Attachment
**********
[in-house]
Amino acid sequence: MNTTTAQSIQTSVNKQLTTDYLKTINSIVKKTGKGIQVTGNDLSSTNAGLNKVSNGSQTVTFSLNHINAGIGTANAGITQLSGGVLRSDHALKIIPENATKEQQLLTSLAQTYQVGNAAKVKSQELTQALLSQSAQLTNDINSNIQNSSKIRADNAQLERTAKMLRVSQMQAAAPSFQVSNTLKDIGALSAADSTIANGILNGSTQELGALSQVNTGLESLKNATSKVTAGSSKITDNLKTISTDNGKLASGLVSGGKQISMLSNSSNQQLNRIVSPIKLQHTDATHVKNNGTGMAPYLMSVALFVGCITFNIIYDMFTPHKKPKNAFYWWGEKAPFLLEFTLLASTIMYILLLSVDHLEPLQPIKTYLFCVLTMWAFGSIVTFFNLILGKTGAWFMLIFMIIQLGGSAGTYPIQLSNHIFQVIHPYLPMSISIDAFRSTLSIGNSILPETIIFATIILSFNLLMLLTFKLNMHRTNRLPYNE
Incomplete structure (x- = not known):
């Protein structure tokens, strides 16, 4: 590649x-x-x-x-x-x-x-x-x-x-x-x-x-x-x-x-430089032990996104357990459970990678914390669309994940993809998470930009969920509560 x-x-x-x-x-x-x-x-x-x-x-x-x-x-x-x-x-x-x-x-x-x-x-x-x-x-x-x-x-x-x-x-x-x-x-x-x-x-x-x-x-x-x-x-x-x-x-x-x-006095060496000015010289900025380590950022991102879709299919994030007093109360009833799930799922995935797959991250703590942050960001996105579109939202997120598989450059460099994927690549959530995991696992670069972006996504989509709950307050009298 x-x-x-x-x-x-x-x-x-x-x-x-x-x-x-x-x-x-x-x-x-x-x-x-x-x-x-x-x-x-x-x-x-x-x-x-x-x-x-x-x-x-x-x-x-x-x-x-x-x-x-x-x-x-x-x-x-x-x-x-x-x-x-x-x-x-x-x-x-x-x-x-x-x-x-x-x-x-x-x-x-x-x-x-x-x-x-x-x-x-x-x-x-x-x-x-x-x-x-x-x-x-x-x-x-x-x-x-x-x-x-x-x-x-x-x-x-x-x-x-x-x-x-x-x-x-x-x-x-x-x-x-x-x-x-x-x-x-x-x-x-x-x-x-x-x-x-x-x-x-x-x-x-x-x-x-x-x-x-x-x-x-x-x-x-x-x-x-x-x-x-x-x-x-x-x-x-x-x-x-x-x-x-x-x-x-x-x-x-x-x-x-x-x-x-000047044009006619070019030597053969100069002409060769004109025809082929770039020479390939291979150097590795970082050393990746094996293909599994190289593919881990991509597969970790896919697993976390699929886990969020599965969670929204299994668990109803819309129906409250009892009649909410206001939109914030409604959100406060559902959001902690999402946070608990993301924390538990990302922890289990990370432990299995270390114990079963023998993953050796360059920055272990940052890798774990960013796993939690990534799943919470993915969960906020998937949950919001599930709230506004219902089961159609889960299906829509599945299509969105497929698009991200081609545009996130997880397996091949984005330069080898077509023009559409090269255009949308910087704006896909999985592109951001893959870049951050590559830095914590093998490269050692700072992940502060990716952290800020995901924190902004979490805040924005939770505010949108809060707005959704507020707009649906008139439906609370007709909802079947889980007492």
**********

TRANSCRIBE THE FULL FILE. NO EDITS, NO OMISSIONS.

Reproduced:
[in-house]
Amino acid sequence: MNTTTAQSIQTSVNKQLTTDYLKTINSIVKKTGKGIQVTGNDLSSTNAGLNKVSNGSQTVTFSLNHINAGIGTANAGITQLSGGVLRSDHALKIIPENATKEQQLLTSLAQTYQVGNAAKVKSQELTQALLSQSAQLTNDINSNIQNSSKIRADNAQLERTAKMLRVSQMQAAAPSFQVSNTLKDIGALSAADSTIANGILNGSTQELGALSQVNTGLESLKNATSKVTAGSSKITDNLKTISTDNGKLASGLVSGGKQISMLSNSSNQQLNRIVSPIKLQHTDATHVKNNGTGMAPYLMSVALFVGCITFNIIYDMFTPHKKPKNAFYWWGEKAPFLLEFTLLASTIMYILLLSVDHLEPLQPIKTYLFCVLTMWAFGSIVTFFNLILGKTGAWFMLIFMIIQLGGSAGTYPIQLSNHIFQVIHPYLPMSISIDAFRSTLSIGNSILPETIIFATIILSFNLLMLLTFKLNMHRTNRLPYNE
Incomplete structure (x- = not known):
């Protein structure tokens, strides 16, 4: 590649x-x-x-x-x-x-x-x-x-x-x-x-x-x-x-x-430089032990996104357990459970990678914390669309994940993809998470930009969920509560 x-x-x-x-x-x-x-x-x-x-x-x-x-x-x-x-x-x-x-x-x-x-x-x-x-x-x-x-x-x-x-x-x-x-x-x-x-x-x-x-x-x-x-x-x-x-x-x-x-006095060496000015010289900025380590950022991102879709299919994030007093109360009833799930799922995935797959991250703590942050960001996105579109939202997120598989450059460099994927690549959530995991696992670069972006996504989509709950307050009298 x-x-x-x-x-x-x-x-x-x-x-x-x-x-x-x-x-x-x-x-x-x-x-x-x-x-x-x-x-x-x-x-x-x-x-x-x-x-x-x-x-x-x-x-x-x-x-x-x-x-x-x-x-x-x-x-x-x-x-x-x-x-x-x-x-x-x-x-x-x-x-x-x-x-x-x-x-x-x-x-x-x-x-x-x-x-x-x-x-x-x-x-x-x-x-x-x-x-x-x-x-x-x-x-x-x-x-x-x-x-x-x-x-x-x-x-x-x-x-x-x-x-x-x-x-x-x-x-x-x-x-x-x-x-x-x-x-x-x-x-x-x-x-x-x-x-x-x-x-x-x-x-x-x-x-x-x-x-x-x-x-x-x-x-x-x-x-x-x-x-x-x-x-x-x-x-x-x-x-x-x-x-x-x-x-x-x-x-x-x-x-x-x-x-x-000047044009006619070019030597053969100069002409060769004109025809082929770039020479390939291979150097590795970082050393990746094996293909599994190289593919881990991509597969970790896919697993976390699929886990969020599965969670929204299994668990109803819309129906409250009892009649909410206001939109914030409604959100406060559902959001902690999402946070608990993301924390538990990302922890289990990370432990299995270390114990079963023998993953050796360059920055272990940052890798774990960013796993939690990534799943919470993915969960906020998937949950919001599930709230506004219902089961159609889960299906829509599945299509969105497929698009991200081609545009996130997880397996091949984005330069080898077509023009559409090269255009949308910087704006896909999985592109951001893959870049951050590559830095914590093998490269050692700072992940502060990716952290800020995901924190902004979490805040924005939770505010949108809060707005959704507020707009649906008139439906609370007709909802079947889980007492």